The 1TB Seagate Backup Slim Plus External Hard Drive is a well priced, tiny form factor HD, perfect as a standalone storage device or part of a long term backup system.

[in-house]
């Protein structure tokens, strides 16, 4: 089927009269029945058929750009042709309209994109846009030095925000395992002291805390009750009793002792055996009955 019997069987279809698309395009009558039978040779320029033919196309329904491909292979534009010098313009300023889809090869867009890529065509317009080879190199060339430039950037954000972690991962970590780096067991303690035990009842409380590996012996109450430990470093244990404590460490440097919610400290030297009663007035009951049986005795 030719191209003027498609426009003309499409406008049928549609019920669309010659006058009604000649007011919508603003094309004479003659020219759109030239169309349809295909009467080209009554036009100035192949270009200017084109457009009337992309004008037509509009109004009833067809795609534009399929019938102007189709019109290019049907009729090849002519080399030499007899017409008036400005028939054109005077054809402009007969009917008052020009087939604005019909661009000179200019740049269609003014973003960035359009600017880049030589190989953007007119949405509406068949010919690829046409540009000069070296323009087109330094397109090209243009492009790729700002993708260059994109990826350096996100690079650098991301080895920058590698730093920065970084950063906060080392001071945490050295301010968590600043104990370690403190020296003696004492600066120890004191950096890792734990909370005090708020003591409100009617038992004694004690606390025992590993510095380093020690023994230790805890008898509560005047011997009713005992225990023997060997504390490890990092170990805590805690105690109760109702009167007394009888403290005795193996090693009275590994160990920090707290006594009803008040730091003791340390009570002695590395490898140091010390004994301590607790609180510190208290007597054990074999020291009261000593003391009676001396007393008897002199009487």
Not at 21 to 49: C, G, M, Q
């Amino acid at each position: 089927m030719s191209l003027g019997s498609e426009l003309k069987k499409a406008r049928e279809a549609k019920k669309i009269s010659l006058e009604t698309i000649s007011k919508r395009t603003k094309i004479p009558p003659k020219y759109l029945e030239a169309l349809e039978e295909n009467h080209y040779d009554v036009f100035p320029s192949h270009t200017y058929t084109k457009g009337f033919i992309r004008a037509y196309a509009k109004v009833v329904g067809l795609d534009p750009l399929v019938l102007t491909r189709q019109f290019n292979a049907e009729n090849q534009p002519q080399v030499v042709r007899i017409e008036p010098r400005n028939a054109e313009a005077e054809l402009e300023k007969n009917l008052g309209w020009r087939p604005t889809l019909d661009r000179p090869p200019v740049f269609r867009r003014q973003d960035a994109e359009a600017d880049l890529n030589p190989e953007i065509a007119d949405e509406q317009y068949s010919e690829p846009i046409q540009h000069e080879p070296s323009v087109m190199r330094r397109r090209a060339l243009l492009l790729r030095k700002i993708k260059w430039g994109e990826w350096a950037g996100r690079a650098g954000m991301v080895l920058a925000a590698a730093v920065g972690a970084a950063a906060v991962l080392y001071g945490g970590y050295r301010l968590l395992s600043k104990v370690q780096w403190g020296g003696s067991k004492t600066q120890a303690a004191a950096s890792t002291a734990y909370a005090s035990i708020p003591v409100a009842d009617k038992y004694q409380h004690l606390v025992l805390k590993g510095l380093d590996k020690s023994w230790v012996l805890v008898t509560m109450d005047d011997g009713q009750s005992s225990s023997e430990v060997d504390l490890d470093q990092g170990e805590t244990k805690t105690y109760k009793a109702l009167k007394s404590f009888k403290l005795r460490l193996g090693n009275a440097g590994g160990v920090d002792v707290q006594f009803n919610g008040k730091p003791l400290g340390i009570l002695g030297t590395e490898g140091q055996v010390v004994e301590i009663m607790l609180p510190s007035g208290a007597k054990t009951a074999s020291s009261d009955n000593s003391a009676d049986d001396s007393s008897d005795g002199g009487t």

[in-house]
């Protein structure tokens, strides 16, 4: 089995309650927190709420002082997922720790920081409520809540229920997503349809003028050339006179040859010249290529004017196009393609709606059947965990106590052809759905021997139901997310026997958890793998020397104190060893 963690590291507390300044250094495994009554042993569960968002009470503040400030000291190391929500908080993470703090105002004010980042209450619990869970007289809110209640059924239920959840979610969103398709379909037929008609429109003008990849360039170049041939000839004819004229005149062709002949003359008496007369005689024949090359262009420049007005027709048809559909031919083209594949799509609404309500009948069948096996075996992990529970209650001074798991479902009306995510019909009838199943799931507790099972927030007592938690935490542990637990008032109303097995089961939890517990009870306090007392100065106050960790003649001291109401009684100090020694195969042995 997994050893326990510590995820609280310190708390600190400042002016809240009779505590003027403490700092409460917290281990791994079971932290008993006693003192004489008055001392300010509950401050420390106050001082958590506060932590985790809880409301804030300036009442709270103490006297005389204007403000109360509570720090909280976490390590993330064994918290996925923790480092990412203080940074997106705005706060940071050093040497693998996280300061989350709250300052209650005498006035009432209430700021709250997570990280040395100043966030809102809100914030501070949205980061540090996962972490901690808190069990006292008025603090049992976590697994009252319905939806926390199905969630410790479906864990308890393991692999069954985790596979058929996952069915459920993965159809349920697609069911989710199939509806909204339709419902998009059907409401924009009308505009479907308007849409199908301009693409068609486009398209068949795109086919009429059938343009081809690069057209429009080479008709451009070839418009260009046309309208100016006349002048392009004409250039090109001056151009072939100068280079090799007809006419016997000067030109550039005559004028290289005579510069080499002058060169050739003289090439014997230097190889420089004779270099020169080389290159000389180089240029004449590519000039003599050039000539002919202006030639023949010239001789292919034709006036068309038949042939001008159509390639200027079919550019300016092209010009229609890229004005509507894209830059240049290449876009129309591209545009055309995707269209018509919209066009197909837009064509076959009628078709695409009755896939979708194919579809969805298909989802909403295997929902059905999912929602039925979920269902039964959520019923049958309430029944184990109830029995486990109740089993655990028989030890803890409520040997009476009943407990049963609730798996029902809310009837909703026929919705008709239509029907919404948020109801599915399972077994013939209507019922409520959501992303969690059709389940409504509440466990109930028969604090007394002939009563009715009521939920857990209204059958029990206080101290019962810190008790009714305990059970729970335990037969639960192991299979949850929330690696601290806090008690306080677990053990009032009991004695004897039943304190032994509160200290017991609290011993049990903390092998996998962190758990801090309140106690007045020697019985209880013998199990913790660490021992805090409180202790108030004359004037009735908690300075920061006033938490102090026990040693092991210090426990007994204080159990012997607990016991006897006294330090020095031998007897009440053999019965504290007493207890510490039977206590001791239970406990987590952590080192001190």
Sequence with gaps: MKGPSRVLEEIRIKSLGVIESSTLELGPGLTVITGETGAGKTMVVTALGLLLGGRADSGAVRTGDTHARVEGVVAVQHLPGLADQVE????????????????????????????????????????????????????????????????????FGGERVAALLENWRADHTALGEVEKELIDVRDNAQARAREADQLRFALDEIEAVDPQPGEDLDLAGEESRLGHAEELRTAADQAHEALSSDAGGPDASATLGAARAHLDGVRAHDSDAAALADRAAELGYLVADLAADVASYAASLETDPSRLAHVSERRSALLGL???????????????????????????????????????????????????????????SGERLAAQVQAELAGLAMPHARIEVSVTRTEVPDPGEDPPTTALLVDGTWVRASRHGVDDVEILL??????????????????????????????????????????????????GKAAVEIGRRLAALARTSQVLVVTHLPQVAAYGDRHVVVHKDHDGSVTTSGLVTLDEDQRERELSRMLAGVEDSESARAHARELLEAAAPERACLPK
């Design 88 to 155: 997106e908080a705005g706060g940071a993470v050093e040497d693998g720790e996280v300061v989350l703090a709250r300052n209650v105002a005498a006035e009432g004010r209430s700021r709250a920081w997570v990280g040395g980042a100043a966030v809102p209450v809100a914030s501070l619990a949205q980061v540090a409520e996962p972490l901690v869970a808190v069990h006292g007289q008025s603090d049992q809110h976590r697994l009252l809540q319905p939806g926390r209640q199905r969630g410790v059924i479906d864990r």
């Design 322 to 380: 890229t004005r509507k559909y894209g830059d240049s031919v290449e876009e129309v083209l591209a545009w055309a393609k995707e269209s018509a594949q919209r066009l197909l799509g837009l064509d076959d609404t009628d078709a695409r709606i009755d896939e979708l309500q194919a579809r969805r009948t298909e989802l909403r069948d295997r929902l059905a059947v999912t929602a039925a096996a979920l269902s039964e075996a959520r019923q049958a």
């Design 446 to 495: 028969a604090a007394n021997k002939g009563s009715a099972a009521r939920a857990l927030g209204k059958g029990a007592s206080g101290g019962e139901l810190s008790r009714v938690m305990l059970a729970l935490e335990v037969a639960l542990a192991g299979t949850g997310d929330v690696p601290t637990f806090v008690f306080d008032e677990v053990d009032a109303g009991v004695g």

I picked up a 15″ Macbook Pro last December as an investment in my fledgeling photography career. But anyone else who has a latest gen Macbook knows, the solid state hard drives on them are pretty stingy when it comes to gigabytes. It takes a second to realize that the glory of a SSD is not for long term storage, but for fast read/write speeds for working on projects. It’s always necessary to employ an external archive system for any creative work, whether it be photography, video editing, or graphic design.While I’ll eventually employ a RAID 1 and cloud based storage if my workflow increases, for now, I needed an external hard drive to keep my SSD freed up for Lightroom and Photoshop to use as scratch memory. I had seen some buzz from the most recent electronic trade shows about Seagate’s newest lineup of passport sized external hard drive’s, and the newly updated 1TB Backup Plus Slim. Fast forward five minutes, an order on Amazon and boom goes the dynamite. I ordered the 1 TeraByte Backup Plus Slim (STDR1000101) but the non-Mac specific version. I also ordered another one in black for my girlfriend so she can fill it up with episodes of Downton Abbey, Hunger Games, and music. The brushed silver version I ordered myself coincidentally kind of matches my MacBook Pro. Gotta stay fabulous, nawh’mean?While their is an available Mac-ready version of this HD, which comes already pre-loaded to be compatible with Mac OS X, I knew I’d also be plugging this into my Windows-7 based desktop, PS4 for movies, and work laptop if I ever need to transfer data. Fortunately, Seagate provides software already on the HD that allows the NTSF partition to be both read and writable on Mac OS X. Read and write speeds are pretty fast. So fast that running editing photos in Lightroom that I intentionally stuck on the Backup Plus, rather than the SSD, yields very little difference in processing times. I can still preview and apply filters quickly, but would probably still defer to working off the SSD for the bulk of my workflow. However, streaming movies, shows, and photography seminars off the hard drive and onto my flatscreen is perfectly fine, which is another reason why I bought this. I’ll actually partition the drive into one for media and one for archived folders just to hedge my bets in corrupting the drive with any bad data. Safety first! But, in my opinion, one of the best things about Seagate’s Backup Plus Slim is the price at $69.99 (and usually on sale). At this price, for the speed and capacity, it actually makes sense to use it in a multiple drive backup system, for Time Machine backups and media storage. Dig it.